Thursday, December 22, 2016

Mean Time between Disruptions (MTD) a leadership Metric

A rant on Metric's I wish I had written...  so I'm going to just include it by reference and call it my own.

One thousand Words on Metrics

Here's a quote to get you even more interested in clicking that link...

Conclusion

In short, I find most grasping for metrics to be a reliable metric for lack of understanding of human behavior, not only that of those who would be measured but that of those who would do the measuring.
If a higher-up wants a metric about a team, say, as an input to their judgment about whether the team’s work is satisfactory, oughtn’t there be some other way to tell?
And if I choose nearly any metric on someone else’s behalf, doesn’t that reveal my assumption that I know something about how they do their good work better than they do?
Or worse, that I prefer they nail the metric than do something as loose and floppy as “good work”? 
Well - will you look at that!  Yareev's even willing to apply his own metric to his work.  What a great example of a leader...

Let’s try that again

New metric (expiration = next subhead, privacy = public): I’m 0 for 1 on satisfying conclusions to this post.
I’m hardly an expert on human behavior. If I were one, rather than being passive-aggressive and obstructive, I’d have a ready step to suggest to metrics-wanters, one that they’d likely find more desirable than metrics.
Instead I have to talk myself down from passo-aggro-obstructo, by which time they’ve chosen what they’ll observe and the ready step I can offer is limited to encouraging them to observe the effects of their observation.
Can you give me some better ideas?
Here's my very special response to his request for comments.

   I'm wanting to +1 your whole rant, I'd like to nail it to the front doors, I'm thinking about a tattoo, but unsure where on my leader's body it should go...

   I have sometimes fantasied about asking the VP that want's a new metric, if it would be good for us to add one that measured their leadership of our group - I'll call this metric Mean Time between Disruptions (MTD).  MTD is calculated much like the old factory sign that said:
 "its been 1023 days since we killed someone at this factory, please be safe."
   So let's start counting (I suggest in weeks) the time between a major disruption to the team.  For this basic metric we are looking at team formation dynamics (your familiar with Tuckman's Forming, Storming, Norming, Performing) and you Mr. VP desire the P word - but it comes after 3 stages of development beyond the F word).

   Let's start at the beginning and count weeks between Forming and ReForming.  You know like when you move a person on/off a team.  When you move the team's physical location, or when you give the team a new objective, then let's reset the clock.

   The metrics I've seen range from MTD = 0 to about 20 weeks for many teams I've worked with.  And Mr. VP says they desire persistent teams.

I would have put it on his site in the comments but I got a very dissatisfied error message from the system when I posted it... (wonder if he has a metric for failed comments?).

Agile in 3 Minutes  a podcast that discusses a journey toward agility (each episode in exactly 3 minutes).  I'm pondering... why does the magic number 3 come up in the Agile community so often?  Personally I feel it has to do with the Book of Armaments, chapter 2, verse 9 to 21; because 5 is right out!




See Also:
Team Metrics - Case Study
How could we measure Team Happiness?
Metrics for a Scrum Team  but don't confuse that post with Scrum Team Metrics which discusses the necessary and sufficient metric Velocity.
Do you really need a Project Management Office? (PMO effectiveness metrics)


Tuesday, December 13, 2016

Cycle Time and Lead Time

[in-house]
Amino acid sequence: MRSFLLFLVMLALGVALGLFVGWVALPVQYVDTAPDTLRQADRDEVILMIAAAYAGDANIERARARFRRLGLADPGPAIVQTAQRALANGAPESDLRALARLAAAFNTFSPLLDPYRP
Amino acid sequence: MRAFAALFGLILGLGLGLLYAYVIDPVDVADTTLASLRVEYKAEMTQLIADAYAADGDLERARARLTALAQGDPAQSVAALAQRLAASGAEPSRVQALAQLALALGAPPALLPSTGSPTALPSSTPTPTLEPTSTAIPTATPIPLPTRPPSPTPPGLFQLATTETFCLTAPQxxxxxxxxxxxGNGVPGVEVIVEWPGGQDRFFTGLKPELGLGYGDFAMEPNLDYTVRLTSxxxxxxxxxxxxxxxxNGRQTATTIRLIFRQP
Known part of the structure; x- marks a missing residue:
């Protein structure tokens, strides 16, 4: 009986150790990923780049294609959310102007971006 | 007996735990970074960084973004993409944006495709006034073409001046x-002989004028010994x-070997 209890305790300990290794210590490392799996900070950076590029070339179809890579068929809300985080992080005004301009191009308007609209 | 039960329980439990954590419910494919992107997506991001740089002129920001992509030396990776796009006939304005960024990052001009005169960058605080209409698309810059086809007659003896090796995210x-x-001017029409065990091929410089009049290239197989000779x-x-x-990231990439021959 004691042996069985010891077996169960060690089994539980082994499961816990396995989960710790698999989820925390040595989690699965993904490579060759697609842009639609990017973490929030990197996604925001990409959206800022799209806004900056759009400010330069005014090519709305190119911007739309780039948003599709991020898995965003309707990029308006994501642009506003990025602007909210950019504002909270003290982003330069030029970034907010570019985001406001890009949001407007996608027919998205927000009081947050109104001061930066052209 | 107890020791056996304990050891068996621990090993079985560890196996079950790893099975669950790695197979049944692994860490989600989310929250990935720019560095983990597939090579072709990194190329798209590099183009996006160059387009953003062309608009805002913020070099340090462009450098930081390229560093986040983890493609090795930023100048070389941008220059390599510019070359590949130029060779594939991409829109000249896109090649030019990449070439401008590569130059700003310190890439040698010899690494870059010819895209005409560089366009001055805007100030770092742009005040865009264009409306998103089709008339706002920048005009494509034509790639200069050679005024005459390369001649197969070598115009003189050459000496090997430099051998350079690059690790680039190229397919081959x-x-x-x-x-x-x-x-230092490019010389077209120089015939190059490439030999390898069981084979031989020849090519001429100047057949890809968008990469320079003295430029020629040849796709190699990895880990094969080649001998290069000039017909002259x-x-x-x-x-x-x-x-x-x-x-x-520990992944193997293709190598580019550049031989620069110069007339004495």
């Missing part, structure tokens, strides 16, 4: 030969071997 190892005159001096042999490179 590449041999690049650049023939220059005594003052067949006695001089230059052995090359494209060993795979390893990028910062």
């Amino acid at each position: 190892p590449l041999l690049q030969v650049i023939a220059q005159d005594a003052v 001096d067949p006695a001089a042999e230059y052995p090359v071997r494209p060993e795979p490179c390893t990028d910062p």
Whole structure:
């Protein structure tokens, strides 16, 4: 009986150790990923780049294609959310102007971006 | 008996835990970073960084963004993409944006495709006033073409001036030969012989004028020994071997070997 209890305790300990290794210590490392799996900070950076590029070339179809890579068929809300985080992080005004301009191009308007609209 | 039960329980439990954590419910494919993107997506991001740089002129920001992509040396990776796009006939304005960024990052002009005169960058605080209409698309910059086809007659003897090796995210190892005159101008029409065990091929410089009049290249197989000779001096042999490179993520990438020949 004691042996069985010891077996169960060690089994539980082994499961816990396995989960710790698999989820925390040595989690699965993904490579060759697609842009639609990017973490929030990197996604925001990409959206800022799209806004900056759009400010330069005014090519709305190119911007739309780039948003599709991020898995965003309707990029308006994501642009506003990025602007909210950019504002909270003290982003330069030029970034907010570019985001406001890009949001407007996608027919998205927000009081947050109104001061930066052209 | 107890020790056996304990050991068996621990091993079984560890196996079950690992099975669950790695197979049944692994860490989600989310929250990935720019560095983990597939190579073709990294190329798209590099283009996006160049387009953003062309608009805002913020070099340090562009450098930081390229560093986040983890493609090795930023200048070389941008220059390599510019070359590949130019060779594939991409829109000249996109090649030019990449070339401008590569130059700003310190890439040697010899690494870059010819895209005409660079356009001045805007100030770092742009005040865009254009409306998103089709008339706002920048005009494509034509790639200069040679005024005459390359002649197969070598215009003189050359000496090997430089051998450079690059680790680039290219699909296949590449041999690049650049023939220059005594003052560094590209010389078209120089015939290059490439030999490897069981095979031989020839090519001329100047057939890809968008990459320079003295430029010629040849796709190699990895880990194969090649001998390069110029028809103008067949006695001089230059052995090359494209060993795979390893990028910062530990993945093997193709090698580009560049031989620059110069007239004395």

Our organization is starting to talk about measuring Cycle Time and Lead Time on our software engineering stories.  It's just an observation, but few people seem to understand these measurement concepts, but everyone is talking about them.  This is a bad omen...  wish I could help illustrate these terms.  Because I doubt the measurements will be very accurate if the community doesn't understand when to start the clock, and just as important - when to stop it.

[For the nature of confusion around this terms compare and contrast these:  Agile Alliance Glossary; Six Sigma; KanbanTool.com; Lean Glossary.]

The team I'm working with had a toy basket ball goal over their Scrum board...  like many cheep toys the rim broke.  Someone bought a superior mini goal, it's a nice heavy quarter inch plastic board with a spring loaded rim - not a cheep toy.  The team used "Command Strips" to mount it but they didn't hold for long.

The team convinced me there was a correlation between their basketball points on the charts and the teams sprint burndown chart.  Not cause and effect, but correlation; have you ever stopped to think what that really means?  Could it mean that something in the environment beyond your ability to measure is an actual cause to the effect you desire?

I asked the head person at the site for advice, how could we get the goal mounted in our area?  He suggested that we didn't need permission, that the walls of the building were not national treasures - we should just mount it... maybe try some Command Strips.  Yes, great minds...  but what about getting fired after putting holes in the walls scares one from doing the right thing?  How hard is it to explain to the Texas Work Force Commission when they ask why you were fired?

The leader understood that if I asked the building facilities manager that I might get denied - but if he asked for a favor... it would get done.  That very day, Mike had the facilities manager looking at the board and the wall (a 15-20 minute conversation).  Are you starting the clock?  It's Dec 7th, lead time starts when Mike agreed to the team's request.

The team was excited, it looked like their desire was going to be granted.  Productive would flourish again.

Over the next few days I would see various people looking up at the wall and down at the basketball goal on the floor.  There were about 4 of these meetings each very short and not always the same people.  Team members would come up to me afterwards and ask...  "are we still getting the goal?"... "when are they going to bring a drill?"...  "what's taking so long?"

Running the calendar forward a bit... Today the facilities guy showed up with a ladder and drill.  It took about 20 minutes.  Basketball goal mounted (Dec 13th) - which clock did you stop?  All of the clocks stop when the customer (team) has their product (basketball goal) in production (a game commences).

I choose to think of lead time as the time it takes an agreed upon product or service order to be delivered.  In this example that starts when Mike, the dude, agreed to help the team get their goal mounted.